During a recent appearance on In the Trenches with Ryan Roxie video podcast, former Deep Purple bassist Glenn Hughes talked about his time in Black Sabbath and stated that he never intended to be in Black Sabbath back then.
Besides being a bassist, Glenn Hughes also shared vocal duties with David Coverdale in Deep Purple’s three albums. After the break-up of Deep Purple in 1976, Hughes decided to pursue a solo career. He also collaborated with various bands and musicians in the 1980s. At the time, Black Sabbath’s Tony Iommi was also planning to release a solo album and he asked Hughes to contribute to the album.
Although it was intended to be a solo album, it was released under the name of ‘Black Sabbath featuring Tony Iommi- Seventh Star’ due to some problems with the record company. During the video podcast, Glenn Hughes reflected on his collaboration with Tony Iommi for this album.
Hughes stated that Tony Iommi and he recorded many songs for his so-called solo album but later on, learning that it would be a Black Sabbath album was challenging for him. Glenn Hughes explained that he just wanted to help Iommi and thus, his intention was never to join Black Sabbath but he just fell into it. Hughes also added that he really liked working with Tony Iommi anyway. He contributed to Iommi’s later works and hopes that their collaboration will continue also in the following years.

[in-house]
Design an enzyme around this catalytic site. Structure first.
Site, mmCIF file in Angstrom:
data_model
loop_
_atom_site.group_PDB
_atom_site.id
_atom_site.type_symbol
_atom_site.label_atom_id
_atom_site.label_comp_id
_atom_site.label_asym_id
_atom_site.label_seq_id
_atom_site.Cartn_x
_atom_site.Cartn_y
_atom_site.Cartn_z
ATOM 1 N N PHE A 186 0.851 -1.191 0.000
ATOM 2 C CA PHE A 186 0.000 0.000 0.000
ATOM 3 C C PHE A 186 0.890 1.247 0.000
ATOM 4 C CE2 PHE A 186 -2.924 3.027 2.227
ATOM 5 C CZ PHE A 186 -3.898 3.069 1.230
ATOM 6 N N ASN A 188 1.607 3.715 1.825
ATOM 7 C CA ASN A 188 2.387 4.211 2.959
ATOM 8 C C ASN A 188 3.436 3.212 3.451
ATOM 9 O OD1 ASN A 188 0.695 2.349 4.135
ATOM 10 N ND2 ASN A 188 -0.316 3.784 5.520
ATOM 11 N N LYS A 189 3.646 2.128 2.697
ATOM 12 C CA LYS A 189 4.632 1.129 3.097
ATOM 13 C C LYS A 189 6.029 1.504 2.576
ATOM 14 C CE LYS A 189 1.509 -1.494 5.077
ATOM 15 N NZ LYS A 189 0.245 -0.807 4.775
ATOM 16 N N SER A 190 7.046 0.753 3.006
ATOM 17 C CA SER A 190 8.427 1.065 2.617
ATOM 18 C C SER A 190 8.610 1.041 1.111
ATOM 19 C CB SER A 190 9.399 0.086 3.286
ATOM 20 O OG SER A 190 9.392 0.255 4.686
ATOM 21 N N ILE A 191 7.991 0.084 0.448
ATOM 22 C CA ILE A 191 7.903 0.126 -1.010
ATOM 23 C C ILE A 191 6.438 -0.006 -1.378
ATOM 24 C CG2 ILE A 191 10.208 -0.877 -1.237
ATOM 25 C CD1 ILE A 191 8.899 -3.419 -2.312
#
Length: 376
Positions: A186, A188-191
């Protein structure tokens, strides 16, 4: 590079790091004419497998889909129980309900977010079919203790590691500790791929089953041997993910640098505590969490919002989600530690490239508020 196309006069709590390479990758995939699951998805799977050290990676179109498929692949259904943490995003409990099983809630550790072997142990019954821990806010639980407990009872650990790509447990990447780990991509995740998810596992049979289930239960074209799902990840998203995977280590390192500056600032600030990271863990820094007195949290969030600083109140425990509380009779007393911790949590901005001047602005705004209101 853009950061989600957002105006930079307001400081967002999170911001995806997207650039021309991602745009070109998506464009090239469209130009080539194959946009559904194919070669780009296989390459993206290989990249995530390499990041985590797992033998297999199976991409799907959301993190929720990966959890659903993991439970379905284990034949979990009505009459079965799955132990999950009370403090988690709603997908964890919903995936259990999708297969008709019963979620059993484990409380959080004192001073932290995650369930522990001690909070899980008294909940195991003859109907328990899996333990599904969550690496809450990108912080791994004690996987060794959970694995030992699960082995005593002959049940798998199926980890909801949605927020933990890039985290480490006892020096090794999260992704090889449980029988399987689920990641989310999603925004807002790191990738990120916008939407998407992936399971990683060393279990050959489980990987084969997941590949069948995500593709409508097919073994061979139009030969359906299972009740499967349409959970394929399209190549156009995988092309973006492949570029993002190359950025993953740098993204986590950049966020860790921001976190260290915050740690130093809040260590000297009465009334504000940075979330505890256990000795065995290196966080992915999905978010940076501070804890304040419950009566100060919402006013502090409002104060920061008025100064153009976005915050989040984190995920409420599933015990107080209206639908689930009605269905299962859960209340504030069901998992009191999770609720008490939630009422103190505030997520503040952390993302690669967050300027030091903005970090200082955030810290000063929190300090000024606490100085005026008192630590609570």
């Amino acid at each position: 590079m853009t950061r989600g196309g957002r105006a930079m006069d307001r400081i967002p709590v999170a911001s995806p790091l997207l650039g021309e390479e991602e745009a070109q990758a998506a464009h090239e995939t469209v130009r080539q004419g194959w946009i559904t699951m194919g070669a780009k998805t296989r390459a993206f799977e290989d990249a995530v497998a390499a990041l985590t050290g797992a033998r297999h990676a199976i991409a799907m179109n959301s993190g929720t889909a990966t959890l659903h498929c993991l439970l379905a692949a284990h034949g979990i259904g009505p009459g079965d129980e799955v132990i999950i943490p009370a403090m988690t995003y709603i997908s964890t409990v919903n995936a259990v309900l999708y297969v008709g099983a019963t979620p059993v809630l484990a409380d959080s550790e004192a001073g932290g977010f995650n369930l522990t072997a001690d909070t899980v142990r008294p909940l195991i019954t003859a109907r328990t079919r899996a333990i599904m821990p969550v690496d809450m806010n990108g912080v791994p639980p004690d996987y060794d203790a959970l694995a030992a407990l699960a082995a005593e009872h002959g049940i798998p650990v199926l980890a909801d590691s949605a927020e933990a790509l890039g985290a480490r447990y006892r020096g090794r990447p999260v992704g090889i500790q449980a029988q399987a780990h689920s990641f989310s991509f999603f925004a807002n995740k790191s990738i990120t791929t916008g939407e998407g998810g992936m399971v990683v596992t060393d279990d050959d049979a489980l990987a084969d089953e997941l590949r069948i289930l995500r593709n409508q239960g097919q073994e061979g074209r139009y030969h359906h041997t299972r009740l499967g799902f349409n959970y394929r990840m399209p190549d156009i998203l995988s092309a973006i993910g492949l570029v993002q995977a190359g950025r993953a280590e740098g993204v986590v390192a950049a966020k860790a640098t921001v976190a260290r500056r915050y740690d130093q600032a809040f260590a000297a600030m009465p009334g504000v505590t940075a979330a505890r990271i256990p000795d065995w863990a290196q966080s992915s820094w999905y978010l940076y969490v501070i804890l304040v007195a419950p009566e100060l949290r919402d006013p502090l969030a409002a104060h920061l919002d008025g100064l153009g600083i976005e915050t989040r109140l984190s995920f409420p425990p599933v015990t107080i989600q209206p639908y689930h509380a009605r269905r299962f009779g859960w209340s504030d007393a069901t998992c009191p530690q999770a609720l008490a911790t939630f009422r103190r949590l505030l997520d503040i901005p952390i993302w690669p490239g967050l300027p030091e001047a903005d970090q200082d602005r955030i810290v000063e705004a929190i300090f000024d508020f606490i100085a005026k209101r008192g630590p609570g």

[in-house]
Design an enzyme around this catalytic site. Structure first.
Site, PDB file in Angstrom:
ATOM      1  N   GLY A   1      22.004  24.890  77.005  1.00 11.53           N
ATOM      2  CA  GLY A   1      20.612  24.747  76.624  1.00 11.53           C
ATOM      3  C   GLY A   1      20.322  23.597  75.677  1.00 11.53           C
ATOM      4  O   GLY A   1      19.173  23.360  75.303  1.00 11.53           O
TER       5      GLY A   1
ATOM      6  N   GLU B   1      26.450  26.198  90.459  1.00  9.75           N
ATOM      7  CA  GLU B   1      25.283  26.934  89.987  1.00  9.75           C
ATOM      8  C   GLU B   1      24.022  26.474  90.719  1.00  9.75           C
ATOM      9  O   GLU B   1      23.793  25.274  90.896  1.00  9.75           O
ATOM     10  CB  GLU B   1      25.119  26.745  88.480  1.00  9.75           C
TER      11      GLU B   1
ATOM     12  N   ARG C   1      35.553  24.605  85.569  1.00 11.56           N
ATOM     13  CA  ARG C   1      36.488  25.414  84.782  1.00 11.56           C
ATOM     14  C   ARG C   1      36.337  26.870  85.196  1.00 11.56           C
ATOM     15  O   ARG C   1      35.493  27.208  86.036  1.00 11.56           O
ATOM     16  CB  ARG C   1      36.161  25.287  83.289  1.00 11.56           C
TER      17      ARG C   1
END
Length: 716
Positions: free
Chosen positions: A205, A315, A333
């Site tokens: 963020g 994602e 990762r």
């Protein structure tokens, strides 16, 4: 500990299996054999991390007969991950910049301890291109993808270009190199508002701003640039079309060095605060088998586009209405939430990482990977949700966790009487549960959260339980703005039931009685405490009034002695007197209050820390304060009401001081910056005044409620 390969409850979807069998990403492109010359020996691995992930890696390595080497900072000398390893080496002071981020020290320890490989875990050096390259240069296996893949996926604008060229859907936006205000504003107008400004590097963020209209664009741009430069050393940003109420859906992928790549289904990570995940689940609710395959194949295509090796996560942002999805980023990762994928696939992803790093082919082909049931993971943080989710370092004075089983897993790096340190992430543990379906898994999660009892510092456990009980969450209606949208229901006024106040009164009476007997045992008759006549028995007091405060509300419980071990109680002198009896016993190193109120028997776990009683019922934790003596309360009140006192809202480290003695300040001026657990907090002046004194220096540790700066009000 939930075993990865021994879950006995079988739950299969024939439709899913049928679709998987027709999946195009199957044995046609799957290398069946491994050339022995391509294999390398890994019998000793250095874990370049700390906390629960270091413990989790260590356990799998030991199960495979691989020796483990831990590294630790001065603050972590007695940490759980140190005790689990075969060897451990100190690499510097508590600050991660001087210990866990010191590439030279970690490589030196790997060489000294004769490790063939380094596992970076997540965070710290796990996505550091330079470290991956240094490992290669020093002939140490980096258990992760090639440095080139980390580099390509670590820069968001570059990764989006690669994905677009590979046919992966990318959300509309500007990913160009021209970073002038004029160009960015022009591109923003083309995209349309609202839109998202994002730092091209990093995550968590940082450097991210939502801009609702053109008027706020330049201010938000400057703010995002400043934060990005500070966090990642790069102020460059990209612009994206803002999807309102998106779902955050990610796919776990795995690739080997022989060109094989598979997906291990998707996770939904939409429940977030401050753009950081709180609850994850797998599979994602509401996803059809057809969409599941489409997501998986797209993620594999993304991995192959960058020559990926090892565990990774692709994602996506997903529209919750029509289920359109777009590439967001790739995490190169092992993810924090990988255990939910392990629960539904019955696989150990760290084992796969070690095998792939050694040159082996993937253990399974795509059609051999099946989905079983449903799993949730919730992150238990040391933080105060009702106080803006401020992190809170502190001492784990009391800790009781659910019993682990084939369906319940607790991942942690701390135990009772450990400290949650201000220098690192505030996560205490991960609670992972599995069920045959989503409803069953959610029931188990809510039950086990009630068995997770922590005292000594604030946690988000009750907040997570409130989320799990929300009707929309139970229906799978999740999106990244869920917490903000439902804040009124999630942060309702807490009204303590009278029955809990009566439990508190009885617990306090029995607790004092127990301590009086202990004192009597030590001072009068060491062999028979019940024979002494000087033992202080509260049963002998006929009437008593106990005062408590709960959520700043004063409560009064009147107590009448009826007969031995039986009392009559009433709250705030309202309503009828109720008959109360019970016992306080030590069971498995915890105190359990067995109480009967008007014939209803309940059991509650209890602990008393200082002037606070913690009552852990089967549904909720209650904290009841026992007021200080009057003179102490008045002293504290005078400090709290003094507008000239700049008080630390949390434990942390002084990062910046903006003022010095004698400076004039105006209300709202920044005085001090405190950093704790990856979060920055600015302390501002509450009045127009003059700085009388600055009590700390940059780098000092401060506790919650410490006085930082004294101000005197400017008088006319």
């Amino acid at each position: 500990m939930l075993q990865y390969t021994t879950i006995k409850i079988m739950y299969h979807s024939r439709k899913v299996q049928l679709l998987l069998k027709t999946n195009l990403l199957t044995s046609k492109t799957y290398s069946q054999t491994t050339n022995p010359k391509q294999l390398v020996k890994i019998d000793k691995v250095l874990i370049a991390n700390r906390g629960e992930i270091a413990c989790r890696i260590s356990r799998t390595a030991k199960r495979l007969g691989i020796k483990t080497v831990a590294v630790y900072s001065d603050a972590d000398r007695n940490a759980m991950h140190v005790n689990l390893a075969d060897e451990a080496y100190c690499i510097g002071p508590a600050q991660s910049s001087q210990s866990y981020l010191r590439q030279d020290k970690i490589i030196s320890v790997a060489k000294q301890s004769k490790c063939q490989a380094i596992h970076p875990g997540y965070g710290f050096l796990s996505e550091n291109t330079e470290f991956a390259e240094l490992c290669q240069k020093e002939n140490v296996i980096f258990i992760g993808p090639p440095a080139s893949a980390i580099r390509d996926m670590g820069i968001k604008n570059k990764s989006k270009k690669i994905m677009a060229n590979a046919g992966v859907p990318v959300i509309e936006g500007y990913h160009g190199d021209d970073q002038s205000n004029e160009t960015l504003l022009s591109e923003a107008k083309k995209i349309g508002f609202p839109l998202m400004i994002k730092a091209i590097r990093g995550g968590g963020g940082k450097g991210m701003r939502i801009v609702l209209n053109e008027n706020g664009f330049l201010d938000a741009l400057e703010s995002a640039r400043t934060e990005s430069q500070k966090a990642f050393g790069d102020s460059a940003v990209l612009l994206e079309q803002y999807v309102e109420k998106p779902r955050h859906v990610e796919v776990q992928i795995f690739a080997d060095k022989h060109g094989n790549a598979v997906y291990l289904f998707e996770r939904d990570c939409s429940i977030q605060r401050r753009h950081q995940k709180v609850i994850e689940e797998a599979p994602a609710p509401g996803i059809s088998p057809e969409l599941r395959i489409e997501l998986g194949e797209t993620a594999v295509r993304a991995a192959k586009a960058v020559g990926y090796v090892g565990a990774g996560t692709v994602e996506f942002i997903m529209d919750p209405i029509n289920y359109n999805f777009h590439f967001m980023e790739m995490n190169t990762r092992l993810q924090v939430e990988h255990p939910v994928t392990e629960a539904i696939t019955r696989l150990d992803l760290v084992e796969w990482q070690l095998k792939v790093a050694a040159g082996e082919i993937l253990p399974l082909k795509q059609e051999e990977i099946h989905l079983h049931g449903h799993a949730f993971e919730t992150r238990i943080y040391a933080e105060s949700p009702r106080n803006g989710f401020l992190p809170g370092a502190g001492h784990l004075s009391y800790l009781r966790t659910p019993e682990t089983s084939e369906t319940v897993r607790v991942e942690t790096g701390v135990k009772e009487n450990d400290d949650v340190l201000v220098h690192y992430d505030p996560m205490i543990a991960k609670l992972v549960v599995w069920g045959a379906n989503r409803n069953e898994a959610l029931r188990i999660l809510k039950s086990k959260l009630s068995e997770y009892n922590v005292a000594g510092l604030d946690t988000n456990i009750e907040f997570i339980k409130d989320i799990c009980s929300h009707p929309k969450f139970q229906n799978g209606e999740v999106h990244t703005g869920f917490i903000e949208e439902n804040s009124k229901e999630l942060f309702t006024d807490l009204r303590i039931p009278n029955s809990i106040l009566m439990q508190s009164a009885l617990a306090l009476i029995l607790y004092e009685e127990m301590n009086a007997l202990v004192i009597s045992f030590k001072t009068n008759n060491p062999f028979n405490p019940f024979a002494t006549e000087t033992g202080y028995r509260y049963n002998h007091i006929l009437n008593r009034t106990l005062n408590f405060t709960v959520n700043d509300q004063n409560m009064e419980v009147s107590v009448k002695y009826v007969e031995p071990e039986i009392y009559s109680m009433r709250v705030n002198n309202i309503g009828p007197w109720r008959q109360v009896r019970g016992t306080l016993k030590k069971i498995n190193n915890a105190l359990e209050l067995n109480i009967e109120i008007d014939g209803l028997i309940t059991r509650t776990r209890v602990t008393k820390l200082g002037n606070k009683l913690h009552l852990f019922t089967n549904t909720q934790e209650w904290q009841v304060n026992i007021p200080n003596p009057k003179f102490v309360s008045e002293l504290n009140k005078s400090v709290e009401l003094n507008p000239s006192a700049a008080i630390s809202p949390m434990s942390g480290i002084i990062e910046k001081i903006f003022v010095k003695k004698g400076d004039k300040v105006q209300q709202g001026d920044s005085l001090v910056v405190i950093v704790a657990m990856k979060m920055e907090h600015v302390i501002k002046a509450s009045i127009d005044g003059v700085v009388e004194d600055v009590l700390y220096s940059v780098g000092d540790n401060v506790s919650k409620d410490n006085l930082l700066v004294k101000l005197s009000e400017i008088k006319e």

Glenn Hughes reflected on his time in Black Sabbath:
“Tony was going to make a solo album in 1985. Myself, my dear friend Ronnie James Dio and Rob Halford were all gonna sing a couple of songs each. I was the first guy to go down to Cherokee Studios in Hollywood to do a couple of songs with Tony. And I wrote and sang a couple of songs on the first night. And he asked me to come back the next day, and it kept going and going and going, and I ended up being the only singer on that solo album.
On the last song, Don Arden — Sharon’s father — who was managing Tony at the time, suggested, with Warner Brothers, that we should call it ‘Black Sabbath featuring Tony Iommi.’ So it wasn’t a Tony Iommi album anymore; it was a Black Sabbath album called ‘Seventh Star’. It was a time for me where I was changing lifestyles if you will. So it was a difficult time for me.
Being in Black Sabbath was not something I wanted to do. I was trying to help Tony out, doing his solo album. But I enjoyed working with Tony. I’ve made three albums with Tony now. So, long may that continue.”
Below, you can watch the entire conversation.